Winning the country’s mighty Melodifestivalen competition is no mean feat, but she is regarded as the favourite to win a berth for the qualifying round on 18 May.
If they get to Athens, it will be intriguing to see what these seasoned pros will make of 21st century Eurovision, and how popular voting will treat them.

The UK Makes Up Its Mind

Posted: in:

After weeks of rumour and speculation, the artists who’ll be competing in this year’s Making Your Mind Up have been revealed – and there isn’t a Scott-Lee or Chico in sight! The six artists – and songs – who’ll be competing for the chance to represent the UK at Eurovision 2006 are as follows:

Antony Costa – Beautiful Thing
City Chix – All About You
Daz Sampson – Teenage Life
Four Story – Hand On My Heart
Goran Kay – Play Your Game
Kym Marsh – Whisper To Me

In other words, the line-up is a mix of established artists – including ex Blue man-turned jungle celebrity Antony Costa and former Hear’Say star Kym Marsh – alongside relative newcomers Goran Kay and boyband Four Story. Completing the sextet are Daz Simpson, who’s scored UK chart hits with the bands Bus Stop and Uniting Nations, and City Chix, a duo featuring two stars of the BBC Scotland soap River City.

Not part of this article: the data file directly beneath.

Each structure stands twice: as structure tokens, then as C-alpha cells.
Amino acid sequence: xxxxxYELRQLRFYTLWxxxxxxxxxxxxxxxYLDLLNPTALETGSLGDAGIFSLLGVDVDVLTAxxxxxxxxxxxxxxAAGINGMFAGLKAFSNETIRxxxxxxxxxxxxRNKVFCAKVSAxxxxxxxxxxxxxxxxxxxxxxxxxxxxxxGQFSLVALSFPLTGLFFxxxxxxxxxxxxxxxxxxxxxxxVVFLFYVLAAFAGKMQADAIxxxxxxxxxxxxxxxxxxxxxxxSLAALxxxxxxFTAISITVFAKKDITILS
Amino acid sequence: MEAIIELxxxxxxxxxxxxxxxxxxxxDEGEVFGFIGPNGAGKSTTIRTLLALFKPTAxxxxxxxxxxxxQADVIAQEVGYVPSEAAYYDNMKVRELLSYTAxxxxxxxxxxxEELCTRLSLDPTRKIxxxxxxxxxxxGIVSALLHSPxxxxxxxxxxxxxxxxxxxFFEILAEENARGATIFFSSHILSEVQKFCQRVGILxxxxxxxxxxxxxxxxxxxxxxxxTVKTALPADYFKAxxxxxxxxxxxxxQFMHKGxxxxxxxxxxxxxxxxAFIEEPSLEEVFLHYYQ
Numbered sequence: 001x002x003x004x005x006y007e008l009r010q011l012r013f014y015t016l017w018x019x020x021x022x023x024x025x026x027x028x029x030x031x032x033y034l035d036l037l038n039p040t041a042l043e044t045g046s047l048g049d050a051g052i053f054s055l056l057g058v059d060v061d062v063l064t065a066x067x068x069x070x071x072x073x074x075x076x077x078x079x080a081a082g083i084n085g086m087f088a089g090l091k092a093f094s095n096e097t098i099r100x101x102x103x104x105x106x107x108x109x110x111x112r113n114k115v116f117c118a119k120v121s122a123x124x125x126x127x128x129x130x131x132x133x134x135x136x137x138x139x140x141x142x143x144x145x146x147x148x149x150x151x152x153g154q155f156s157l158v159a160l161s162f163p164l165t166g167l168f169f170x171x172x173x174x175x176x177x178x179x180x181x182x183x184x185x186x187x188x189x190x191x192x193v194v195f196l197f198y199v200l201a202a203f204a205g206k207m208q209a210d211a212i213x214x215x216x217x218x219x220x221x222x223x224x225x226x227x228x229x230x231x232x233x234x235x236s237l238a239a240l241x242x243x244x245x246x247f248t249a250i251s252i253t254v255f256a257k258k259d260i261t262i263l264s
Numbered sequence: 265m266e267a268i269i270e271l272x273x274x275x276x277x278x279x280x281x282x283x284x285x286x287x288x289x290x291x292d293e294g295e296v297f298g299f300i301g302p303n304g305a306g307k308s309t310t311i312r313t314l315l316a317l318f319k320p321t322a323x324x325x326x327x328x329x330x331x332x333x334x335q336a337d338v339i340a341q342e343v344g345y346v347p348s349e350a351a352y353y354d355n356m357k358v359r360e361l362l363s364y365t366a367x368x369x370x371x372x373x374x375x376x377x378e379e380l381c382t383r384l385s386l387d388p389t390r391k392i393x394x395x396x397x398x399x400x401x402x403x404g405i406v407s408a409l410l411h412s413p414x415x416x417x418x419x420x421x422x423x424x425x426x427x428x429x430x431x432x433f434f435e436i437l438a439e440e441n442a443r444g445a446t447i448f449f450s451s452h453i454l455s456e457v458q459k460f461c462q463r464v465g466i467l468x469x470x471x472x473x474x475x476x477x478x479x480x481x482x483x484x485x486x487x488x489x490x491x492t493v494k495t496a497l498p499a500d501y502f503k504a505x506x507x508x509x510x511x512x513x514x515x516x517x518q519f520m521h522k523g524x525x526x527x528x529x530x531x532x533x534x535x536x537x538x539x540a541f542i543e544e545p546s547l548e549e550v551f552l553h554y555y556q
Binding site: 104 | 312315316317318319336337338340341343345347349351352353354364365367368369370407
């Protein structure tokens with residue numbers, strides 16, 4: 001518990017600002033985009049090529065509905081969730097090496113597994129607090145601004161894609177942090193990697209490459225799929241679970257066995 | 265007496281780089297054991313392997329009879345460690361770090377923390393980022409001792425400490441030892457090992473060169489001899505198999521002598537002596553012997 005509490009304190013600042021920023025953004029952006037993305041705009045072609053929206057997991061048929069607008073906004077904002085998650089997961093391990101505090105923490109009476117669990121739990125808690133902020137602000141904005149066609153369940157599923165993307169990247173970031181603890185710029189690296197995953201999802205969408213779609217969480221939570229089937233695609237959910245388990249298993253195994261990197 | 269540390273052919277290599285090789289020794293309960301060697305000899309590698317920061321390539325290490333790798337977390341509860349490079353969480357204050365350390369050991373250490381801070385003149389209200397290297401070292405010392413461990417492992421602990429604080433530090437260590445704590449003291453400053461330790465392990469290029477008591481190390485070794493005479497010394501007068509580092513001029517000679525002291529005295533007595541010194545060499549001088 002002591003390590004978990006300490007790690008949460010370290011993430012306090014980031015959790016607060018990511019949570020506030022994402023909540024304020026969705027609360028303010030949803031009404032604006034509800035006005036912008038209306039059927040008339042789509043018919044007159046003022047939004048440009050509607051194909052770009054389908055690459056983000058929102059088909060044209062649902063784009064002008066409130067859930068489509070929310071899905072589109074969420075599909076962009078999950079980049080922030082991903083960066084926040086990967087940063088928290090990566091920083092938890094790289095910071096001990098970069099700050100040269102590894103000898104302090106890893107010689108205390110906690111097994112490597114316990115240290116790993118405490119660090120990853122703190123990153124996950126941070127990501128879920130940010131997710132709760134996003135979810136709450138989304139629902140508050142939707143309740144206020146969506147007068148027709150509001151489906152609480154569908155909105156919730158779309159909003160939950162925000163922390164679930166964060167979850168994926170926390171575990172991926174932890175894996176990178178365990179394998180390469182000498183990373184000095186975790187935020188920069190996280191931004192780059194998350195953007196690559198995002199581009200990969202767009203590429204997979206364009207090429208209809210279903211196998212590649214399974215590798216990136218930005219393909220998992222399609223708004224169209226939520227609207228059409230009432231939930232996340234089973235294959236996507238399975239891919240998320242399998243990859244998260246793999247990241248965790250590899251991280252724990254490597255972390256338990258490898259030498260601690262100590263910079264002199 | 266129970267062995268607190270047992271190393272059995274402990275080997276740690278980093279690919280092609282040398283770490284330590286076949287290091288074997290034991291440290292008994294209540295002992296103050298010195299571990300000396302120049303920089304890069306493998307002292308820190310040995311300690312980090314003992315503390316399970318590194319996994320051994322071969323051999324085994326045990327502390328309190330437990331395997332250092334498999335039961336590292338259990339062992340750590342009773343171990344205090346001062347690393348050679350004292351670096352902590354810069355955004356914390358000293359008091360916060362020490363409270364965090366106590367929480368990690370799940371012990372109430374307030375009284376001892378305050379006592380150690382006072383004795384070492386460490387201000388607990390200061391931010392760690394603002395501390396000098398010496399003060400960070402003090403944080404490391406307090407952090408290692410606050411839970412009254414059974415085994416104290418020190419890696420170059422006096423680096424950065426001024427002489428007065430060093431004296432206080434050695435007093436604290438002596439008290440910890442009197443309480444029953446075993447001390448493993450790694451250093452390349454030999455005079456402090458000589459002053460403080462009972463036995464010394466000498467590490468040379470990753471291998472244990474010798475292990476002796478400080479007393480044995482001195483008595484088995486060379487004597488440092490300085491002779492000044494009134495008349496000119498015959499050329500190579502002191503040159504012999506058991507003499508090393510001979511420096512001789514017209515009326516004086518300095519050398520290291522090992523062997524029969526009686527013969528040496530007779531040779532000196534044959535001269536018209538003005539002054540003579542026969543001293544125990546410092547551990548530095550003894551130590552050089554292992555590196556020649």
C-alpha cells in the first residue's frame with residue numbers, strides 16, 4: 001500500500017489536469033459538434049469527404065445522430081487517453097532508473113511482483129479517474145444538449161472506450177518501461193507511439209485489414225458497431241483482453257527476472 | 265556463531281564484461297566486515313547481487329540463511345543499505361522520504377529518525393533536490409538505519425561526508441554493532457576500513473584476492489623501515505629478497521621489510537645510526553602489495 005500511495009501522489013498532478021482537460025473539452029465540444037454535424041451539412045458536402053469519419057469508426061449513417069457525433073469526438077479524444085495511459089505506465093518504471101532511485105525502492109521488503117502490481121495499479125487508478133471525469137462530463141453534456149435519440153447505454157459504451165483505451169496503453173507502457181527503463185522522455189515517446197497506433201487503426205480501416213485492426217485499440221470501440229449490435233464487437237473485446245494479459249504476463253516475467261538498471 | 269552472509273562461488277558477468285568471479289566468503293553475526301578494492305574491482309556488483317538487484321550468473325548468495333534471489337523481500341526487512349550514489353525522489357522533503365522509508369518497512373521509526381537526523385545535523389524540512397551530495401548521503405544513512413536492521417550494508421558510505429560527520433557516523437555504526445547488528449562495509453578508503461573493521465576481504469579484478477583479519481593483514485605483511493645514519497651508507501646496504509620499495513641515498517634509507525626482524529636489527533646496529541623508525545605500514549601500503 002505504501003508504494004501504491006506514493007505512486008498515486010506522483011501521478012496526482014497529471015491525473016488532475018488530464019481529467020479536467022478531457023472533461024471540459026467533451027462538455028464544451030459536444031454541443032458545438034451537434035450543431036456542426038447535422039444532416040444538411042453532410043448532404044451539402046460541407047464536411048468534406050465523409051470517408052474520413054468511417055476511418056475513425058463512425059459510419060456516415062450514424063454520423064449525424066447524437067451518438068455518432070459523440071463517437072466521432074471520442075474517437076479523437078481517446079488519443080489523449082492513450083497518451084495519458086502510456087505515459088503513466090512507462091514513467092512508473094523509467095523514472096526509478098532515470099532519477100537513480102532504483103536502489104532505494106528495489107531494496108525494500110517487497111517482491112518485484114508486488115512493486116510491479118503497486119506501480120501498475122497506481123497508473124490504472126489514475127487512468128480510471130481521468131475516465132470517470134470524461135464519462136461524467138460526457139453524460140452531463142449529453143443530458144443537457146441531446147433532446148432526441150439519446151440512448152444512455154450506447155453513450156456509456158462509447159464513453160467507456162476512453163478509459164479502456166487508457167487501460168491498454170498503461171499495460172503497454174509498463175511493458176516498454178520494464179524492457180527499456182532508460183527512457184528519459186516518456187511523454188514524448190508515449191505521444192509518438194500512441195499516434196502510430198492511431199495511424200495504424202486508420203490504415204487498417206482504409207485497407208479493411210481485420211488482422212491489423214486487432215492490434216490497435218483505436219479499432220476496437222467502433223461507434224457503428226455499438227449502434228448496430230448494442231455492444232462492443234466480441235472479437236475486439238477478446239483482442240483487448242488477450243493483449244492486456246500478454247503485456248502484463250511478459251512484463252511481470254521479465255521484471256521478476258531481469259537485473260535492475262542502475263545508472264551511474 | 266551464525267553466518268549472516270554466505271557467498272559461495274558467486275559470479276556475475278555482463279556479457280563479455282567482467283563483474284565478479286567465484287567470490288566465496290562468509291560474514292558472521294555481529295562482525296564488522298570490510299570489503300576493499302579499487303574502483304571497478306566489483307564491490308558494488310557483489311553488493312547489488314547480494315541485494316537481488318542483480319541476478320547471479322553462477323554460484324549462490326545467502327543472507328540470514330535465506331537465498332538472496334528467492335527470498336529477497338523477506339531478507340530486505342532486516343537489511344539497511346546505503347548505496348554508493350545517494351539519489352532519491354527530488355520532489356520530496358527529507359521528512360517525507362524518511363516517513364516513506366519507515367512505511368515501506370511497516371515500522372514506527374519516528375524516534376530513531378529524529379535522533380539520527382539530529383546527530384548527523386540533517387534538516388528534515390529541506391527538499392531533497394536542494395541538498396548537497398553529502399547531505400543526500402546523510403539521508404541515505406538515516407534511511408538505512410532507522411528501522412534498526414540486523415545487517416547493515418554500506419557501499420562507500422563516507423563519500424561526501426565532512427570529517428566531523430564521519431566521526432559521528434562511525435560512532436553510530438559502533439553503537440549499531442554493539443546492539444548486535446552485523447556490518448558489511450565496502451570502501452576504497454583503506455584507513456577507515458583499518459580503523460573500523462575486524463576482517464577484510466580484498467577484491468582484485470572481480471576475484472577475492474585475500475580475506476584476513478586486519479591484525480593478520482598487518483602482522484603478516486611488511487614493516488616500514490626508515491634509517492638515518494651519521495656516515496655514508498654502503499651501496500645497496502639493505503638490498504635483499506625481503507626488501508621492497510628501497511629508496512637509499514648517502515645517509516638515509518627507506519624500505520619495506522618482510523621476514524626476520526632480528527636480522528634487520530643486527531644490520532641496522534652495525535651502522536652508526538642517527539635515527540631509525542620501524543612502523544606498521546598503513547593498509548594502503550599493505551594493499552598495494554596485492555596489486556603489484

And our first impressions? Well, based on the 30-second clips we’ve heard on the BBC website it seems that we’re playing it very safe this year – no sign of any of the middle-eastern influences or faux operatics of 2005’s Making Your Mind Up. Instead, we have a bunch of ballads and mid-tempo efforts, with only Goran offering something a bit more upbeat. Although it’s hard to tell from such a short clip, these are our initial thoughts:

Antony Costa: Pleasant enough but a bit forgettable. A possible contender, depending on how he performs on the night.

Daz Sampson: The genuine oddity of the bunch, reminding us of Ukraine’s 2005 rap effort, only with a children’s choir thrown in. Downright bizarre, to the point that it’ll either crash and burn or go all the way – but surely the kiddie backing band might be a problem, given we were under the impression you had to be over 16 to take part in Eurovision?

Four Story: If they can pull it off, this ballad could sound really good on stage, but the song itself is a little bland, meaning they’re going to have to work much harder to make it stand out.